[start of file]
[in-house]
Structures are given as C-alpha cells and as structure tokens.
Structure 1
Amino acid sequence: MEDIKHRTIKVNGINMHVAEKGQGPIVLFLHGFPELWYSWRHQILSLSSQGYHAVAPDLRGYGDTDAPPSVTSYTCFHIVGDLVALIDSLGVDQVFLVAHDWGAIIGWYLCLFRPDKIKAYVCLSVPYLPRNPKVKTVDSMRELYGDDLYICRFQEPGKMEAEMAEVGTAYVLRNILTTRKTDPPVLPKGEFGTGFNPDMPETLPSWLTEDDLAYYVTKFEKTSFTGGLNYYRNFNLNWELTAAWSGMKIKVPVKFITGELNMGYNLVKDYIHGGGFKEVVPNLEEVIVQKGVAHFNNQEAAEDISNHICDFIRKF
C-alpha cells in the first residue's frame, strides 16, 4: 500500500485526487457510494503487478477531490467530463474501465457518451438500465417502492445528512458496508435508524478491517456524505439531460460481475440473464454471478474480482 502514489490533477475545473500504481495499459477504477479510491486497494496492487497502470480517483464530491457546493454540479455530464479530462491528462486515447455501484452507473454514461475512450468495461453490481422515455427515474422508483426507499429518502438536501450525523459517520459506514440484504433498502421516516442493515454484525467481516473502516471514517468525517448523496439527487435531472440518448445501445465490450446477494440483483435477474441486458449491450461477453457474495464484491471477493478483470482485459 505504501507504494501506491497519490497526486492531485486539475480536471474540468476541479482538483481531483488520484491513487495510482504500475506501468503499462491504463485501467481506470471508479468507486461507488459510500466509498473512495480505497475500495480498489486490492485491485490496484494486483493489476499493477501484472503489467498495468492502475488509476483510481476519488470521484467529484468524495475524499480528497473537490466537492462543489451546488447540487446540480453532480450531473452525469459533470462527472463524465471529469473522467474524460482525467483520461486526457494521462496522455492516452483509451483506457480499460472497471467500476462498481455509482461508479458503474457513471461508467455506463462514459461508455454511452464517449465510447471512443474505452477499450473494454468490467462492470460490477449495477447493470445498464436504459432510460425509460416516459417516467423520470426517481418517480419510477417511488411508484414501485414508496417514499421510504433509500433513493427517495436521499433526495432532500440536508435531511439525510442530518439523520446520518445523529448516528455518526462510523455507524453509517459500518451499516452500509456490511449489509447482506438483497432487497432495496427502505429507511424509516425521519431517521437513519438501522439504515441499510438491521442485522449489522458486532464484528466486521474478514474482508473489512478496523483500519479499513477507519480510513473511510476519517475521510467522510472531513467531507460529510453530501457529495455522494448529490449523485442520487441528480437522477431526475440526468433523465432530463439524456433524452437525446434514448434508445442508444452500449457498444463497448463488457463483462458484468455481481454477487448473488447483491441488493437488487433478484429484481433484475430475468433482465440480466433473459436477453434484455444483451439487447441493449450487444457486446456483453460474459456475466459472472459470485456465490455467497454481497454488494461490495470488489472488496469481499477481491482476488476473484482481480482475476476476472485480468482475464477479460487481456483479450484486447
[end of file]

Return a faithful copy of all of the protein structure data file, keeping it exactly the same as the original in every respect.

[in-house]
Structures are given as C-alpha cells and as structure tokens.
Structure 1
Amino acid sequence: MEDIKHRTIKVNGINMHVAEKGQGPIVLFLHGFPELWYSWRHQILSLSSQGYHAVAPDLRGYGDTDAPPSVTSYTCFHIVGDLVALIDSLGVDQVFLVAHDWGAIIGWYLCLFRPDKIKAYVCLSVPYLPRNPKVKTVDSMRELYGDDLYICRFQEPGKMEAEMAEVGTAYVLRNILTTRKTDPPVLPKGEFGTGFNPDMPETLPSWLTEDDLAYYVTKFEKTSFTGGLNYYRNFNLNWELTAAWSGMKIKVPVKFITGELNMGYNLVKDYIHGGGFKEVVPNLEEVIVQKGVAHFNNQEAAEDISNHICDFIRKF
C-alpha cells in the first residue's frame, strides 16, 4: 500500500485526487457510494503487478477531490467530463474501465457518451438500465417502492445528512458496508435508524478491517456524505439531460460481475440473464454471478474480482 502514489490533477475545473500504481495499459477504477479510491486497494496492487497502470480517483464530491457546493454540479455530464479530462491528462486515447455501484452507473454514461475512450468495461453490481422515455427515474422508483426507499429518502438536501450525523459517520459506514440484504433498502421516516442493515454484525467481516473502516471514517468525517448523496439527487435531472440518448445501445465490450446477494440483483435477474441486458449491450461477453457474495464484491471477493478483470482485459 505504501507504494501506491497519490497526486492531485486539475480536471474540468476541479482538483481531483488520484491513487495510482504500475506501468503499462491504463485501467481506470471508479468507486461507488459510500466509498473512495480505497475500495480498489486490492485491485490496484494486483493489476499493477501484472503489467498495468492502475488509476483510481476519488470521484467529484468524495475524499480528497473537490466537492462543489451546488447540487446540480453532480450531473452525469459533470462527472463524465471529469473522467474524460482525467483520461486526457494521462496522455492516452483509451483506457480499460472497471467500476462498481455509482461508479458503474457513471461508467455506463462514459461508455454511452464517449465510447471512443474505452477499450473494454468490467462492470460490477449495477447493470445498464436504459432510460425509460416516459417516467423520470426517481418517480419510477417511488411508484414501485414508496417514499421510504433509500433513493427517495436521499433526495432532500440536508435531511439525510442530518439523520446520518445523529448516528455518526462510523455507524453509517459500518451499516452500509456490511449489509447482506438483497432487497432495496427502505429507511424509516425521519431517521437513519438501522439504515441499510438491521442485522449489522458486532464484528466486521474478514474482508473489512478496523483500519479499513477507519480510513473511510476519517475521510467522510472531513467531507460529510453530501457529495455522494448529490449523485442520487441528480437522477431526475440526468433523465432530463439524456433524452437525446434514448434508445442508444452500449457498444463497448463488457463483462458484468455481481454477487448473488447483491441488493437488487433478484429484481433484475430475468433482465440480466433473459436477453434484455444483451439487447441493449450487444457486446456483453460474459456475466459472472459470485456465490455467497454481497454488494461490495470488489472488496469481499477481491482476488476473484482481480482475476476476472485480468482475464477479460487481456483479450484486447